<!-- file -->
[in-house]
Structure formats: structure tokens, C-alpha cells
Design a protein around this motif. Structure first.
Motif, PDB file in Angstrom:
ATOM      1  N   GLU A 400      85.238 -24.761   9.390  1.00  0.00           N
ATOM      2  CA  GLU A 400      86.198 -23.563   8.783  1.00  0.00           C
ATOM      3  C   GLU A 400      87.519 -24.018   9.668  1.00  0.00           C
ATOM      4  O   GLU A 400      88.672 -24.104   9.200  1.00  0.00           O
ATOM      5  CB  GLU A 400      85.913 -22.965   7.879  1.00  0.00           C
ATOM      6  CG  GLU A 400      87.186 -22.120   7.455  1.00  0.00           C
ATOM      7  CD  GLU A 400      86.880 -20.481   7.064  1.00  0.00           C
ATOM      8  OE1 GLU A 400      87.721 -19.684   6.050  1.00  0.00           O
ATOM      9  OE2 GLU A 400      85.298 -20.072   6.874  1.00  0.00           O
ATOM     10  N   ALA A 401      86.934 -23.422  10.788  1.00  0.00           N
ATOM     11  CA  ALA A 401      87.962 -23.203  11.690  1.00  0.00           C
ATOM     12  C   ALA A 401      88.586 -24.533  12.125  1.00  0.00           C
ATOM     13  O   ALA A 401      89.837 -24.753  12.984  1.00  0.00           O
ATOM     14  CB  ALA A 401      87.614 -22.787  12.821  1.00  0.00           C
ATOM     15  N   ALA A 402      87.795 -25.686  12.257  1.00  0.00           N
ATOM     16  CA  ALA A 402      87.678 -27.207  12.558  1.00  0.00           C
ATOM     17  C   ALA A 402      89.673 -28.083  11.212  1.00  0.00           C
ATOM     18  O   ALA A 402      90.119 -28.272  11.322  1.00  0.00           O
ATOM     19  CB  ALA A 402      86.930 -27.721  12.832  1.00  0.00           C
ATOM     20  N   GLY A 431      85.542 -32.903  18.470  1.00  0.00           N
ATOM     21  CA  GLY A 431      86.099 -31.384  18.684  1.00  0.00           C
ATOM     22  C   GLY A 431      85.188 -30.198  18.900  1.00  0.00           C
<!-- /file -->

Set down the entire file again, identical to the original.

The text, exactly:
[in-house]
Structure formats: structure tokens, C-alpha cells
Design a protein around this motif. Structure first.
Motif, PDB file in Angstrom:
ATOM      1  N   GLU A 400      85.238 -24.761   9.390  1.00  0.00           N
ATOM      2  CA  GLU A 400      86.198 -23.563   8.783  1.00  0.00           C
ATOM      3  C   GLU A 400      87.519 -24.018   9.668  1.00  0.00           C
ATOM      4  O   GLU A 400      88.672 -24.104   9.200  1.00  0.00           O
ATOM      5  CB  GLU A 400      85.913 -22.965   7.879  1.00  0.00           C
ATOM      6  CG  GLU A 400      87.186 -22.120   7.455  1.00  0.00           C
ATOM      7  CD  GLU A 400      86.880 -20.481   7.064  1.00  0.00           C
ATOM      8  OE1 GLU A 400      87.721 -19.684   6.050  1.00  0.00           O
ATOM      9  OE2 GLU A 400      85.298 -20.072   6.874  1.00  0.00           O
ATOM     10  N   ALA A 401      86.934 -23.422  10.788  1.00  0.00           N
ATOM     11  CA  ALA A 401      87.962 -23.203  11.690  1.00  0.00           C
ATOM     12  C   ALA A 401      88.586 -24.533  12.125  1.00  0.00           C
ATOM     13  O   ALA A 401      89.837 -24.753  12.984  1.00  0.00           O
ATOM     14  CB  ALA A 401      87.614 -22.787  12.821  1.00  0.00           C
ATOM     15  N   ALA A 402      87.795 -25.686  12.257  1.00  0.00           N
ATOM     16  CA  ALA A 402      87.678 -27.207  12.558  1.00  0.00           C
ATOM     17  C   ALA A 402      89.673 -28.083  11.212  1.00  0.00           C
ATOM     18  O   ALA A 402      90.119 -28.272  11.322  1.00  0.00           O
ATOM     19  CB  ALA A 402      86.930 -27.721  12.832  1.00  0.00           C
ATOM     20  N   GLY A 431      85.542 -32.903  18.470  1.00  0.00           N
ATOM     21  CA  GLY A 431      86.099 -31.384  18.684  1.00  0.00           C
ATOM     22  C   GLY A 431      85.188 -30.198  18.900  1.00  0.00           C